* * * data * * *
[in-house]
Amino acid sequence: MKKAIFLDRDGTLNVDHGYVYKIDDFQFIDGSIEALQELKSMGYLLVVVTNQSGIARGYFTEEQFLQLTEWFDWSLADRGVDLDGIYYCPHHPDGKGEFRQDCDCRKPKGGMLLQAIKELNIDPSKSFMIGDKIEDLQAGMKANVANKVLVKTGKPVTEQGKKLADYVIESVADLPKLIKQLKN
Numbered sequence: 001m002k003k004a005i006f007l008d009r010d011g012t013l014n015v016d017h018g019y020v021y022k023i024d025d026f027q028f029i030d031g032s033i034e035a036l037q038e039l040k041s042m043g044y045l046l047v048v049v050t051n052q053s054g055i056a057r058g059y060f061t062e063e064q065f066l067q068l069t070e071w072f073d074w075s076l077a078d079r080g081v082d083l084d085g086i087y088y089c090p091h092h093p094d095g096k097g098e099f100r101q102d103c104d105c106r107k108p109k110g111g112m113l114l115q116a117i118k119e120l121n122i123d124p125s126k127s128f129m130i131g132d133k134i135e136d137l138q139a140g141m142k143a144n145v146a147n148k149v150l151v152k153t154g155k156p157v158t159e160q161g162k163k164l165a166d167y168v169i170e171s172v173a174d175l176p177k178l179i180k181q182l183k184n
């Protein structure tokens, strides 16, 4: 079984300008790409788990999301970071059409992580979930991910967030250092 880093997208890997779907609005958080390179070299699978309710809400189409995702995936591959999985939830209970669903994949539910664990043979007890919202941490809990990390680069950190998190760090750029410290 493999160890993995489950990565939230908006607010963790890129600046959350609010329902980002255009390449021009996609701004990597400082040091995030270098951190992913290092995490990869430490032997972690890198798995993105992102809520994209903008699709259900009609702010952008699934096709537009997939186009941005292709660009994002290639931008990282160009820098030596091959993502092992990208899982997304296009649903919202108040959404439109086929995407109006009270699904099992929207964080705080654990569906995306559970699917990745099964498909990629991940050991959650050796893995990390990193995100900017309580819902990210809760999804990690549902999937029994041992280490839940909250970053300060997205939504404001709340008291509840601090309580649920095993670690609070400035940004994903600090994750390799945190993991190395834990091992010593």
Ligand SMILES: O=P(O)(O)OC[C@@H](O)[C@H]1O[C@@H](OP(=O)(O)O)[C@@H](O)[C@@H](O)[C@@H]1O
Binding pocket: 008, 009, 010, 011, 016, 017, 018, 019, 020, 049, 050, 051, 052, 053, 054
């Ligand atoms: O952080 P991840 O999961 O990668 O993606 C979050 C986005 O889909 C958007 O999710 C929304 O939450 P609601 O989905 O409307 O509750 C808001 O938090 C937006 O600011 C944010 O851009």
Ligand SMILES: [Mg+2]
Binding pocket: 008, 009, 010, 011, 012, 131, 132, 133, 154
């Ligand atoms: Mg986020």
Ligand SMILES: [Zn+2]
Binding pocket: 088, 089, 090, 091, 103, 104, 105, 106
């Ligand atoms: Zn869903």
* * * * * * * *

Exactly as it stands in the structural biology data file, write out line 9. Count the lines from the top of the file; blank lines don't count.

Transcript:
Binding pocket: 008, 009, 010, 011, 012, 131, 132, 133, 154